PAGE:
The practice of involving states-observers and dialogue partners in political and economic cooperation could assist in the SCO enlargement. But it also doesn't take place. These countries have to be simple observers without any chances of getting a real economic and financial help from the SCO. At best they can get this help from some member states but not from the organization as a whole.
Safety and anti-terror
Due to a particular risk of terrorism, separatism and extremism great attention was paid to the cooperation of law-enforcement systems of the SCO member states. At short notice a mechanism coordinated in a legal and organizational manner and allowing to narrow possibilities for the international terrorism was created. Besides over the last few years people got a rewarding experience of the antiterrorist cooperation by means of training exercises with the participation of law-enforcement and military bodies. That's why while planning the future it's necessary to think of how to save all lessons learned. Especially taking into account poor results of the presence of troops from the international coalition in Afghanistan, the activation of terroristic forces in Iraq and Syria. There is one more actual problem, i.e. a problem on the SCO action against "colour" revolutions. This refers to the unity and solidarity of all the organization before these dangers. It's necessary to make allowance for the "pleochromatism" of positions on the part of the member states in regard to the Afghan settlement.
As far as the SCO security agency comprises activities of different ministries and departments of the member states, in time there is a need to strengthen its coordination and cooperation. Including the need to create a permanent body against terrorism, arms traffic and drug offence and organized crime, as well as a body on information security. The consideration of all the variety of indicated problems should be included in the SCO developed document.
The economic cooperation developed today by means of bilateral ties is a different story. It's confirmed by the lack of important multipartner projects and legal, financial and organizational infrastructure necessary for it. Annual meetings of chiefs from relevant departments and many working parties haven't resulted in the creation of strategic structures - bank for development and specified accounts - necessary for the materialization of project activities. Despite of significant, but unfortunately separate efforts made by ministries, the Business Council and the SCO Interbank Association, the member countries failed to create legal conditions eligible for business and to stir it into the participation in projects offered in different programs, plans and check lists. All the announced projects are still on paper. There is a good courtesy to report on the economic cooperation during important SCO events with reference to examples of the bilateral cooperation.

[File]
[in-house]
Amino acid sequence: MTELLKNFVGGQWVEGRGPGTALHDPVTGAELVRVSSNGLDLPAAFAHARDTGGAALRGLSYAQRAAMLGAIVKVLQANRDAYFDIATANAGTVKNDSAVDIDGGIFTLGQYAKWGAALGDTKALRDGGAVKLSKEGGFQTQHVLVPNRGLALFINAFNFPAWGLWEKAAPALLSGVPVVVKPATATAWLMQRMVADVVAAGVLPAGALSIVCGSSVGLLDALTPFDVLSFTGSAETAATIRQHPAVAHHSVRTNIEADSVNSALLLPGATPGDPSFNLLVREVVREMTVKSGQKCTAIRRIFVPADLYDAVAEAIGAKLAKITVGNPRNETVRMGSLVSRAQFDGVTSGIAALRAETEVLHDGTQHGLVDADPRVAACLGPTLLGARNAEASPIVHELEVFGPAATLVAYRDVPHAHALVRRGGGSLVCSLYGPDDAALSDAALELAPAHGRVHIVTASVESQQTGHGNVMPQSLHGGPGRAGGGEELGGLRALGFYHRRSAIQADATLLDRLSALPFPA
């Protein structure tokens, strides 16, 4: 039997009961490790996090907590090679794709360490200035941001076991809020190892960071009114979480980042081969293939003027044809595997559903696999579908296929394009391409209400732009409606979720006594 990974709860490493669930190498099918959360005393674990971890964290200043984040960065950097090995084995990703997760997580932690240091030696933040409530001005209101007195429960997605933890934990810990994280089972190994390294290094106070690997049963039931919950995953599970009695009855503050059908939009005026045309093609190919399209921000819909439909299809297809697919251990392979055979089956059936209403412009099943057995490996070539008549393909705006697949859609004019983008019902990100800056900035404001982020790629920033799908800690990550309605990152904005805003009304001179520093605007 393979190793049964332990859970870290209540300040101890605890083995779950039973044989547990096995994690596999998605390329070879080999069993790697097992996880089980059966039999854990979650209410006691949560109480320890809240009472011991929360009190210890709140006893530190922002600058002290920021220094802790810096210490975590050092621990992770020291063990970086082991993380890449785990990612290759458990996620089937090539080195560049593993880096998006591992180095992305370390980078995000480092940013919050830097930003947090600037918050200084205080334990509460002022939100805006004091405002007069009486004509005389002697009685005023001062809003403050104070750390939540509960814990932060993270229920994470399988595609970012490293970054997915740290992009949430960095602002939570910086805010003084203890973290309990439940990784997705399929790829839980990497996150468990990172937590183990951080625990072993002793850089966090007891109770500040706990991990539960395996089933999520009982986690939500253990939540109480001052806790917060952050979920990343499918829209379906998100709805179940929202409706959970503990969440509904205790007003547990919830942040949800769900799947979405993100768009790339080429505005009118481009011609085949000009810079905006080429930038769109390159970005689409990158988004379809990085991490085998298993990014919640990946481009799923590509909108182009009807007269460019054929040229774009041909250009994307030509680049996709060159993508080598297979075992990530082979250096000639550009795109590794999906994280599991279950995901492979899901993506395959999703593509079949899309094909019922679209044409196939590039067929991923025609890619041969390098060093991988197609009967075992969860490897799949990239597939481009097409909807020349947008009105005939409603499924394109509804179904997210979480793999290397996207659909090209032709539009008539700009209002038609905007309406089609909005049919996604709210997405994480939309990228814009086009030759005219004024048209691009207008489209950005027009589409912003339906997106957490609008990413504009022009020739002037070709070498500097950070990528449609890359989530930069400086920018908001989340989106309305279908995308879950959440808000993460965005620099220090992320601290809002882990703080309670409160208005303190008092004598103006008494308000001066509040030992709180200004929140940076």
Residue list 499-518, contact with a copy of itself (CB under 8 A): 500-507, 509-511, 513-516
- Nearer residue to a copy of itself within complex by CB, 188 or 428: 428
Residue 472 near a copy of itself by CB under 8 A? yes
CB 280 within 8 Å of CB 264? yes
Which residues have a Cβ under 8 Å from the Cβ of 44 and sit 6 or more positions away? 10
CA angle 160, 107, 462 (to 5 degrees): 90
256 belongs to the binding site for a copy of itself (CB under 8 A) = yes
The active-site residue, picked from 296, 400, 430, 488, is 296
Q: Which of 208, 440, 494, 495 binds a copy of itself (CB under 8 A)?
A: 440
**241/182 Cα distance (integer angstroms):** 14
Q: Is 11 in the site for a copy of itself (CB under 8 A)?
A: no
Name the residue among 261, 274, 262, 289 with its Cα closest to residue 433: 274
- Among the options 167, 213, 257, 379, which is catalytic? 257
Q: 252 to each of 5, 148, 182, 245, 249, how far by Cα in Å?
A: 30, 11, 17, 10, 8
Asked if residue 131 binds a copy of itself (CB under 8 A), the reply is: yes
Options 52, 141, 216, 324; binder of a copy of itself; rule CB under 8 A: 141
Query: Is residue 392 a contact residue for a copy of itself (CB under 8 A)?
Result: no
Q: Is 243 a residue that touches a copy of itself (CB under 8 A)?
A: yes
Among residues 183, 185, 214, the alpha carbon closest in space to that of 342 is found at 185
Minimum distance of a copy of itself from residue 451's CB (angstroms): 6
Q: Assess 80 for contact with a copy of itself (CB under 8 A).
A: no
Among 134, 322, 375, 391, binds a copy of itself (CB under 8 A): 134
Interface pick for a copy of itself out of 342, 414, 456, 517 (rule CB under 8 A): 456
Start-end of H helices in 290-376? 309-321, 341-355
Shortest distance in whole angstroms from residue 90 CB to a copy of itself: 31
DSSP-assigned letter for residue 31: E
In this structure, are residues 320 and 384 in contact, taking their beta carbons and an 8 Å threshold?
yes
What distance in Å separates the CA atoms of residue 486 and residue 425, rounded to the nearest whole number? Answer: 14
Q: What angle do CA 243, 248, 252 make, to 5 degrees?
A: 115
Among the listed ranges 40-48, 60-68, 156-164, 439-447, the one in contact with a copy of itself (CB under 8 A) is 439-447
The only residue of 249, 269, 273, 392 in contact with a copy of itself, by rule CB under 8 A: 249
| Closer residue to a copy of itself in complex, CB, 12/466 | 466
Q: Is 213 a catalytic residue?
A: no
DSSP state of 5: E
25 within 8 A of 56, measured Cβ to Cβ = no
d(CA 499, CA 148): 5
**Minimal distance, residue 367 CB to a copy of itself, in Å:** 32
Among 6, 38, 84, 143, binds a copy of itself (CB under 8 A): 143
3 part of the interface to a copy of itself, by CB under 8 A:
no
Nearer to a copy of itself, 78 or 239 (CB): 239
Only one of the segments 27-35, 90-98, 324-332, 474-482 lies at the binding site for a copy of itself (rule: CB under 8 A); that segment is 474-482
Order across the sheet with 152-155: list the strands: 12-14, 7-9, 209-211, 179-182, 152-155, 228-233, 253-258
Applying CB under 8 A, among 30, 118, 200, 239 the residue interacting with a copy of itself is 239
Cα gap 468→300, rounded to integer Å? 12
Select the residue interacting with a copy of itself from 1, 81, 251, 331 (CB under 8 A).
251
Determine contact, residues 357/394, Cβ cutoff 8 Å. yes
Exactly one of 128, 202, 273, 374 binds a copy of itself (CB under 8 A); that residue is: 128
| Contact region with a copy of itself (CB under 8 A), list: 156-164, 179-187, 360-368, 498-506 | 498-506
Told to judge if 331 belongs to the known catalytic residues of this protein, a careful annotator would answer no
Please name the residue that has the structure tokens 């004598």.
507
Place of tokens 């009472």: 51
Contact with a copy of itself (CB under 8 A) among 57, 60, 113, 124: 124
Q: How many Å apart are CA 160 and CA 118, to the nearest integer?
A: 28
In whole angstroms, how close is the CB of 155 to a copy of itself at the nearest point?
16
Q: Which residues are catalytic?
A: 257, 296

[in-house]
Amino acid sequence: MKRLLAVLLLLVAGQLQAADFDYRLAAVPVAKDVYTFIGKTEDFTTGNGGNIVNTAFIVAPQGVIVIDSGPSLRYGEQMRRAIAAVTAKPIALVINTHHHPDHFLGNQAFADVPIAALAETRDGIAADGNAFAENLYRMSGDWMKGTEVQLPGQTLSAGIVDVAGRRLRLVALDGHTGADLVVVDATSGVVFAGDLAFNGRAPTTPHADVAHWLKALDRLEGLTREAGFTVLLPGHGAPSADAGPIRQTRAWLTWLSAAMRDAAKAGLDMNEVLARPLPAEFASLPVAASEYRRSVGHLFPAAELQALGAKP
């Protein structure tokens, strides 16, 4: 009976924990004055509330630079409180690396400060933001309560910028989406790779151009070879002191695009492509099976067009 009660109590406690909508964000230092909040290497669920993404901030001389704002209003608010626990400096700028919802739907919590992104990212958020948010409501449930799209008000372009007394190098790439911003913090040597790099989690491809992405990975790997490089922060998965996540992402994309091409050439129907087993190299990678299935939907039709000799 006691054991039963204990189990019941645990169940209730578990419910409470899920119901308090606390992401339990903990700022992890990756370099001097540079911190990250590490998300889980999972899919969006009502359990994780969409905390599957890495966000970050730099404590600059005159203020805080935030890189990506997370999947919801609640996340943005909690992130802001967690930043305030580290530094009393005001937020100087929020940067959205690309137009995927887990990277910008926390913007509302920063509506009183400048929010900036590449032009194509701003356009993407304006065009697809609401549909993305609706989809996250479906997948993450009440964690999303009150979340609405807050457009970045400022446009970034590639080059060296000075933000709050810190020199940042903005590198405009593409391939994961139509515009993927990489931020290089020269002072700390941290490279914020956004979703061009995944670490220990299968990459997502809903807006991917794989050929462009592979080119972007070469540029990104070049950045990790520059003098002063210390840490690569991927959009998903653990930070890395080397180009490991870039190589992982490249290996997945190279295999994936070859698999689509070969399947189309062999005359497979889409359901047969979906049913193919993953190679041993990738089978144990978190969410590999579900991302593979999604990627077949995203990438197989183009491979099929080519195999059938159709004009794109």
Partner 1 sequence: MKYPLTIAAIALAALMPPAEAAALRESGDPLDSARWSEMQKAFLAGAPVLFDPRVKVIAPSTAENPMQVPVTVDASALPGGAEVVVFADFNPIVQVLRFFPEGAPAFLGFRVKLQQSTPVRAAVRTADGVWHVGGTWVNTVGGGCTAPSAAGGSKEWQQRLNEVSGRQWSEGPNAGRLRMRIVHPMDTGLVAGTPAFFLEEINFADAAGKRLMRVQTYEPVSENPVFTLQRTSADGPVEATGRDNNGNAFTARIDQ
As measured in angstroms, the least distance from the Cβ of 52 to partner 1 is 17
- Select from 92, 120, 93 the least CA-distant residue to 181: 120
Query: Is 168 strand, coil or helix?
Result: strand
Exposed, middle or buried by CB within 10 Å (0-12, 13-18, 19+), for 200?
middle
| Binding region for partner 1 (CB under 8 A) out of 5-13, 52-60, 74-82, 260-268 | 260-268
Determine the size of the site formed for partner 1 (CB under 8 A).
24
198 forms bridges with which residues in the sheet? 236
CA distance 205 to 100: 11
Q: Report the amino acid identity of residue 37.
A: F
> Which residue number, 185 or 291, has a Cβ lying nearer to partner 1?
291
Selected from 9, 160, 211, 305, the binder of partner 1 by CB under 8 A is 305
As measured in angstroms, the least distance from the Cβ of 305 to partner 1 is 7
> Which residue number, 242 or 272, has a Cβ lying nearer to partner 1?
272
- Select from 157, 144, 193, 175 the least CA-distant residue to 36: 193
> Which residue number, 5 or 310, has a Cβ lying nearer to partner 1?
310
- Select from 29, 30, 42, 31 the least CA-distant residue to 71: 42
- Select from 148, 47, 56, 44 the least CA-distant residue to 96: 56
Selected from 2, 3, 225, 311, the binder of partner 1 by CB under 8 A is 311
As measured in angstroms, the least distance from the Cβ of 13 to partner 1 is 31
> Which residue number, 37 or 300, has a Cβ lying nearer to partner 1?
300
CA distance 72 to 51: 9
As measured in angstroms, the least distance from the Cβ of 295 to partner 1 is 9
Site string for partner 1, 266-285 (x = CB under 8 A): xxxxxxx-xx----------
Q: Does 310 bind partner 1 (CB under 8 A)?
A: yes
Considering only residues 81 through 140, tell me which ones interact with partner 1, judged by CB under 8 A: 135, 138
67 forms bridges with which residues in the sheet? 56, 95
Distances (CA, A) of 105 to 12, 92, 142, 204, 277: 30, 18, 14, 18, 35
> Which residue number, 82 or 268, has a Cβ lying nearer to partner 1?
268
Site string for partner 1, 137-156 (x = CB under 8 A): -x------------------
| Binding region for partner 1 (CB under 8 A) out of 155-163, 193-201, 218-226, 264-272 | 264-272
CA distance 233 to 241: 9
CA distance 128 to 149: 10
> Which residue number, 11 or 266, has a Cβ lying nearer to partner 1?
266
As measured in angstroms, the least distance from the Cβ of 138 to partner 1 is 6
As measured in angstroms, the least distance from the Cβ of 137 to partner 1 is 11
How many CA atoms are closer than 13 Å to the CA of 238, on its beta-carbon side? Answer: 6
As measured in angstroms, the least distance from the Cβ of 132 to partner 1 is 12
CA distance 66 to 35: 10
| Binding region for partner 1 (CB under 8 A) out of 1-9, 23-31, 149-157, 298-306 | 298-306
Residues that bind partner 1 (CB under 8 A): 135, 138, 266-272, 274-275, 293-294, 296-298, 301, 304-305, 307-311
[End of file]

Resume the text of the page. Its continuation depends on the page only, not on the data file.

Attempts of China to call partners to create a foreign trade zone, a development bank within the Shanghai Cooperation Organization and to realize the idea of the Silk Great Way economic zone within and out of the Shanghai Cooperation Organization (that was mentioned for the first time in September 2013 during the visit of Xi Jinping, the Chairman of the People's Republic of China, in countries of the Central Asia) have been unsuccessful. There were some working offers, for example, to create the Asian bank for infrastructure development in respect to the Chinese-Kazakh energy cooperation. Thus they represent attempts of Beijing to get round legalistic obstructions taken place inside the organization and to develop the bilateral trade and economic cooperation with countries from the Central Asia. It has already made Celestial Kingdom the first trade partner in the region and pushed Russia into the background.
A bureaucratic fuss and a mismatch of plans of state offices and business (the latter doesn't like the SCO pie with project stuffing) have broken efforts of the parties to sign some important agreements. It's necessary to recall the fate of the long-suffering Agreement on the creation of favourable conditions for international road transport which preparation took seven years. Everything was ready for its signing but the chance was missed because of legal objections of one of the parties. The creators of a new strategy should resolve the most important problem, i.e. whether the organization will follow suit of integration or not. As the time when all the SCO countries become members of the World Trade Organization is at hand. And it should be taken into consideration by projectors of the SCO strategy. Its Charter has a disposition on "the coordination of approaches during integration into the international economics". But how can they be coordinated at the lack of approaches for integration inside the organization?